End of First Home Buyer Grant Unlikely to Prompt Rush

By Catherine Cashmore on 24 Jun 2013
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First Home Owner Grant










A 71 per cent clearance rate was recorded this weekend, and whilst outer suburban locations in Melbourne remain relatively stable, increases in inner and middle ring locations are noticeable.

Activity has improved throughout the year, and the competitive atmosphere which started in the first quarter of 2013 is continuing to produce clearance figures comfortably in the 70s, even after revisions.

Only a few days remain until the first home buyer grant for established property will cease, to be replaced with a 40 per cent cut in stamp duty.  The existing $7000 grant with a 30 per cent cut to stamp duty is preferable to buyers currently in the market, as for most purchases it provides a greater discount than a 40 per cent cut alone. 

However, it’s doubtful we’ll see a huge rush from new buyers. It may spur those already looking to make a speedy commitment, prompting a spike in turnover as we approach the end of the financial year.

As a proportion of the buying market, first home buyers are low in number.  The situation in Victoria is not quite as bad as it is New South Wales and Queensland, where first home buyers shamefully make up less than 5 per cent of the buying demographic. However, in Victoria, many are finding themselves crowded out by investor activity, the proportion of which now exceeds 40 per cent and is concentrated overwhelmingly in the established apartment sector.

As noted from a recent QBE LMI survey – and certainly shared by my own anecdotal evidence – first home buyers perceive prices to be ‘too high.’ Their budget is typically around $300,000, which will barely purchase a one bedroom inner city apartment in either Sydney or Melbourne, and is less than the average new house price on the fringe ($400,000).

They also recognise that they will need to hold their properties for a longer period of time to advantage from an increase in equity. In other words, it will take longer before an upgrade is possible.

In this respect, our environment has changed considerably. From an atmosphere where a job was for life and family units were formed early, to a set of differing cultural conditions with fairly fluid fluctuations between periods of ownership and tenancy, as buyers and renters migrate through various stages of their employment career.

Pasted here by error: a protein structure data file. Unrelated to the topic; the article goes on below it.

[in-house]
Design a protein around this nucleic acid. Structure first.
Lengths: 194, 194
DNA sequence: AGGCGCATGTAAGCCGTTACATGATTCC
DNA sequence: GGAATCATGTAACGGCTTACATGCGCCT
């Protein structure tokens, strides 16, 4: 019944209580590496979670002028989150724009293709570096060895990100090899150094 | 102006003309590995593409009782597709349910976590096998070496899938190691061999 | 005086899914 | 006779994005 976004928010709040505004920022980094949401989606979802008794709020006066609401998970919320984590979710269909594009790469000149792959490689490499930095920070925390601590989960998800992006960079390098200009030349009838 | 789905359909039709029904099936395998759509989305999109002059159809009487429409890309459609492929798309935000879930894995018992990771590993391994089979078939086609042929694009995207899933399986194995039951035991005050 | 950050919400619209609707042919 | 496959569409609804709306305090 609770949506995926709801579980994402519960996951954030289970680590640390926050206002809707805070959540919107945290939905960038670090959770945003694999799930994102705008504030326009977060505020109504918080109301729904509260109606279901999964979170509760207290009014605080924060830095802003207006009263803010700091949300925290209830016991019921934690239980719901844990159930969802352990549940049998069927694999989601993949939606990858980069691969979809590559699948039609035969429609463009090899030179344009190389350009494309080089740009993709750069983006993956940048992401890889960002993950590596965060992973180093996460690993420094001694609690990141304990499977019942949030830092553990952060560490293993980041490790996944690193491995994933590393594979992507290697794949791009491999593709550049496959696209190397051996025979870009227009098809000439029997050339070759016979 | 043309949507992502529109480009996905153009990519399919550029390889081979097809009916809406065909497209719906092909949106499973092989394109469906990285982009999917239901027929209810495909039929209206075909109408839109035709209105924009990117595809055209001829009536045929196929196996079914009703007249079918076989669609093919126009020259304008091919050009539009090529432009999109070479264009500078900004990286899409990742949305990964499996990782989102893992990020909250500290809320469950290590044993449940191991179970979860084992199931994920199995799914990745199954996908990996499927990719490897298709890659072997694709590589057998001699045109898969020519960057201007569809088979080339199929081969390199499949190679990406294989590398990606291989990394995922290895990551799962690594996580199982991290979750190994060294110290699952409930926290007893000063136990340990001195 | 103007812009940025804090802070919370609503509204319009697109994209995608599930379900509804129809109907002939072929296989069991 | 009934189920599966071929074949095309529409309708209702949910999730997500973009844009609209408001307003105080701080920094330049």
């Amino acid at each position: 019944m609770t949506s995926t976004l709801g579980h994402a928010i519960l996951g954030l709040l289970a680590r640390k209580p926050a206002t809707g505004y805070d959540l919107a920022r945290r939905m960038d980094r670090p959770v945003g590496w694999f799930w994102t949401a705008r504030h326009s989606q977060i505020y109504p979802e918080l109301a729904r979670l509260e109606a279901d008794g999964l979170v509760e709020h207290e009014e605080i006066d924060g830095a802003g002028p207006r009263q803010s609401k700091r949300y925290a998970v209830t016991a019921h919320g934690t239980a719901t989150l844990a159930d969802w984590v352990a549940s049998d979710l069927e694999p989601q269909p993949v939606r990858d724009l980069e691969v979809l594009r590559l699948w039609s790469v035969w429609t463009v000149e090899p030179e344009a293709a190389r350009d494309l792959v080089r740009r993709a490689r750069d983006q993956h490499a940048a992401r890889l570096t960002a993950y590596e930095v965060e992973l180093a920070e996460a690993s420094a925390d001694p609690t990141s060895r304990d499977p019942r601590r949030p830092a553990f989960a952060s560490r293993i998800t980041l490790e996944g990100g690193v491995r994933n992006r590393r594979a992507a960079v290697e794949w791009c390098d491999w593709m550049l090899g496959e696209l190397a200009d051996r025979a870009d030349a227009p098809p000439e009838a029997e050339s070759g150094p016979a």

As a result, it’s no surprise we’re seeing many considering staying in the family home for longer, and entering the market initially as investors, prior to becoming owner-occupiers.

RP Data released their Pain and Gain Report last week, which showed that more than three quarters of all properties re-sold in Australia over the first quarter of 2013 achieved a gross re-sale profit totalling $9.6 billion.

The data was taken from 58,677 residential property sales nationally, and the gross profit recorded, from the 87.3 per cent proportion was relative to the nominal purchase price (not accounting for inflation or seasonal fluctuations).

Significantly, sales recording a loss on purchase price had an average length of ownership of just 4.8 years. Those recording a profit were held for an average of 9.7 years, and homes that recorded a gross profit of more than 100 per cent were owned for an average of 15.4 years.

The lesson is abundantly clear, and never more so as we approach the headwinds facing us in the years to come.  We’re unlikely to match the capital returns achieved over the previous 10-20 years.  To create a profit from property requires a long-term mindset – preferably 15-20 years or more.

It’s becoming a challenge locating quality stock in the inner and middle ring suburbs. The change is in part seasonal as the colder months typically reduce vendor activity.  However, when good stock is well located – either off market or openly advertised – competition is high. 

The key to purchasing well in this atmosphere is all down to negotiation, and to do this effectively, you really need to be experienced in the local buying and selling process, knowing your rights within the law.

Therefore, the months ahead will provide an interesting landscape of challenges.


About the Author

Catherine Cashmore is a regular journalist, blogger and well-known media commentator for all things property.

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